If there are significant gaps in pay between sexes and genders doing the same work that's not right and the existing legal remedies should be deployed. With vigour. I'm open to the argument that the existing legal remedies are insuffient and should be enhanced. I'm not entirely persuaded that new remedies are required rather than more vigorous use of the current remedies but there's a discussion to be had.

Where things get a bit murkier for me is exactly the situation of sports players or entertainers where the volumes of participants are so low that an element of delectus personae - choice of the person - exists. If people would rather watch Novak Djokavic play tennis against Andy Murray than watch Serena Williams play Venus Williams then, on first examination, isn't that their decision and shouldn't Djokavic be free to reap the reward of his personal draw and fandom through higher income?

Ditto a comparison of Tom Cruise and Nicole Kidman's earnings.

But then, as a society and as individuals do we value tennis played by men more because it, being played by men, is *proper* tennis. And tennis played by women is, by virtue of being played by women, not proper tennis but a lesser immitation. It is certainly the case that in sports played by men and by women, the women's game is seen as less worthy and less popular. In sports played primarily by women professional wages are low.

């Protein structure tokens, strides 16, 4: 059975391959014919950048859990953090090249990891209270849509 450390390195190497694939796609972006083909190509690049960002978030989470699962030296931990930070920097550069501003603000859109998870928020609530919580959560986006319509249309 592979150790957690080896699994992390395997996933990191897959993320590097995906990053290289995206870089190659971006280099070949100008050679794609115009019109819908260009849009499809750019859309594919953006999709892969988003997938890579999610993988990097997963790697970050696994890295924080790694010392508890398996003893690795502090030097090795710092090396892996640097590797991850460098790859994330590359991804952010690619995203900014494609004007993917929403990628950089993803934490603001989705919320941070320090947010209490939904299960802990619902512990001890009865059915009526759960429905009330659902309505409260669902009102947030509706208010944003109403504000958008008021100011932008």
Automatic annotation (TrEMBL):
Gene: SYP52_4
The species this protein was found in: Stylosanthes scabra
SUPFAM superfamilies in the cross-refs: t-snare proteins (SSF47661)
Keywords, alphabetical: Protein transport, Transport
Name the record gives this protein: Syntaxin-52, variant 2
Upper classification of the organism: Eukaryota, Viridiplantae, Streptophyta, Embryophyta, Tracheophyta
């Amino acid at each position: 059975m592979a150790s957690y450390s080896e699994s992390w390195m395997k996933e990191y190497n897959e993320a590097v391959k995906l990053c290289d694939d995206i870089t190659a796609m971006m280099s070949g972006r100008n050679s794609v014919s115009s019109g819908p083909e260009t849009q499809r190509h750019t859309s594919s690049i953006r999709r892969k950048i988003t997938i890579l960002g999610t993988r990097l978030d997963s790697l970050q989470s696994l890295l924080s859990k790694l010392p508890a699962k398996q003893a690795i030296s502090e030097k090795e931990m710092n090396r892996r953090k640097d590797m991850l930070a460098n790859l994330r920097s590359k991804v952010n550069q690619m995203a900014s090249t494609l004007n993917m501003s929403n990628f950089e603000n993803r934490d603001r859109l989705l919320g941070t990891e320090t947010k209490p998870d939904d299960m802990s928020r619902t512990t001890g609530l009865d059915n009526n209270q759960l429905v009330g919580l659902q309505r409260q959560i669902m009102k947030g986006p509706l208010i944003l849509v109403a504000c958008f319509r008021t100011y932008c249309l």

There's clearly (to me at least) something structural going on about how we value women and the work or sport they do.

But it's not entirely clear to me how we say to Djokavic - it's all well and good that people paid a £9 million to watch you play tennis and only paid £1 million to watch Williams play tennis but we're going to pay you both £5 million. (Assuming that it is the case that more people will pay more money to watch Djokavic than Williams.)

It's certainly not clear to me how we would enforce such a decision and require a transfer of money from the Djokavic to Williams in any legal system that respects the rights of the individual to make contracts to their own benefit of their own free will.

So, I'm a bit puzzled.